Duality of structure

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Duality of structure is one of Anthony Giddens' coined phrases and main propositions in his explanation of structuration theory. The basis of the duality lies in the relationship the Agency has with the Structure. In the duality, the Agency has much more influence on its lived environment than past structuralist theory had granted. The key to Giddens' explanation is his focus on the knowledgeability of the agent and the fact that the agency cannot exist or be analyzed separately from its structure. They can only exist as a duality. The structural properties which he calls modalities help illustrate the dimensions of the duality.

"By the duality of structure I mean that the structural properties of social systems are both the medium and the outcome of the practices that constitute those systems."[1]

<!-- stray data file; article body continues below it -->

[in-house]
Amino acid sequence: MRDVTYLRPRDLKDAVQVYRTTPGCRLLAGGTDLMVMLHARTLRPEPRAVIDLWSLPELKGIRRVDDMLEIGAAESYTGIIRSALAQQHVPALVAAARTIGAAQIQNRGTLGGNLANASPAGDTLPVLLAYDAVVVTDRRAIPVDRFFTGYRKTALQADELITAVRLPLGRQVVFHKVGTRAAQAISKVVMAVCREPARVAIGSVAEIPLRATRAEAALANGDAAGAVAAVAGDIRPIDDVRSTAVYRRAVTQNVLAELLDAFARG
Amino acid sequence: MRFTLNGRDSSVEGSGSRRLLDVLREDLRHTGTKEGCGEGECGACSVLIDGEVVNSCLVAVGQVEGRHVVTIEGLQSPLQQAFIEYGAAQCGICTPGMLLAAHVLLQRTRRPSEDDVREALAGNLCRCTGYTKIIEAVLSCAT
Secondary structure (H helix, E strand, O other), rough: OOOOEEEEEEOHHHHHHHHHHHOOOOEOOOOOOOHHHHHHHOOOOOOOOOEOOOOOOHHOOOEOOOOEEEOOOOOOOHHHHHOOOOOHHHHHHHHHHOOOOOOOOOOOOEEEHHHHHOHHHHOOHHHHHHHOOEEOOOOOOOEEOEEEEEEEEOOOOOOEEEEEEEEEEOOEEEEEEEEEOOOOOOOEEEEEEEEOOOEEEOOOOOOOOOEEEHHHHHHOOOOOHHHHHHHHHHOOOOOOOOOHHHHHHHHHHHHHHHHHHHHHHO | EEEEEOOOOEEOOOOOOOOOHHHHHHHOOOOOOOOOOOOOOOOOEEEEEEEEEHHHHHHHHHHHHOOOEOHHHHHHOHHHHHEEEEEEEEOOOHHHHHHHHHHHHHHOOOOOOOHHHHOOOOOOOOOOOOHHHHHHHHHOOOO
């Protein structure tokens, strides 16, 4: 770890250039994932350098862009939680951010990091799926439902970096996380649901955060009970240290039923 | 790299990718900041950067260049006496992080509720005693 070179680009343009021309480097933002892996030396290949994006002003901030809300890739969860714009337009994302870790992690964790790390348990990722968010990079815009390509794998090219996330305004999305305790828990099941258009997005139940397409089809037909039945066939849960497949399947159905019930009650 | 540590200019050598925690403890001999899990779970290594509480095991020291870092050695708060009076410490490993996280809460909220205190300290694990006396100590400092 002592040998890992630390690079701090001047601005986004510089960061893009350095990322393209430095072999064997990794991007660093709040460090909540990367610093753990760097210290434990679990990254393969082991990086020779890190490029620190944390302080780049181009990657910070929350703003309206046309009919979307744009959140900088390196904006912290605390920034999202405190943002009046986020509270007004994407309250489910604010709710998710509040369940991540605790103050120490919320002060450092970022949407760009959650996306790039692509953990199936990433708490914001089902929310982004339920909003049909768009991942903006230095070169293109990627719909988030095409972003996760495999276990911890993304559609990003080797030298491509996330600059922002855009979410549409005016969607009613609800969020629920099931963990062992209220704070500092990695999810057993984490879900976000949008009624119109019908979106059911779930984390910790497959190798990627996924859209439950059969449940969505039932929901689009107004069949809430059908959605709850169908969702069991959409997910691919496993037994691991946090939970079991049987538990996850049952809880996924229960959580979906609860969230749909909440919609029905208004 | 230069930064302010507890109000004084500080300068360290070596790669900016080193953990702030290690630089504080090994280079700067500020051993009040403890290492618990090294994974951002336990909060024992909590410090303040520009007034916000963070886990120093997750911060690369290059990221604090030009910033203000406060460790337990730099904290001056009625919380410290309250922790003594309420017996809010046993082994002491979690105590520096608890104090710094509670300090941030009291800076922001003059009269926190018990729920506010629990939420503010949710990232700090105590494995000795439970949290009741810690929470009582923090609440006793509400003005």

The Structure has both rules and resources or constraints and enabling qualities. Language is often used to exemplify these modalities. The system of interaction includes in itself "rules" of the language such as syntax but also leaves room for interpretations or the creation of completely new words. The system of interaction is responsible for maintaining a certain standard of consistency in order for the language to make sense to both the speaker and the interpreter. At the same time, the completeness of the language can always be manipulated and changed through interaction by the agent.

The phrase is used in Chomsky by John Lyons to illustrate the differences between human and animal communication. It is described there as "two levels of grammatical structure." The first being syntactic and the second being phonemes.

References[edit]

  1. ^ Giddens, Anthony (1979). Central Problems in Social Theory. London and Basingstoke: The Macmillan Press Ltd. p. 69. ISBN 0-333-27293-5.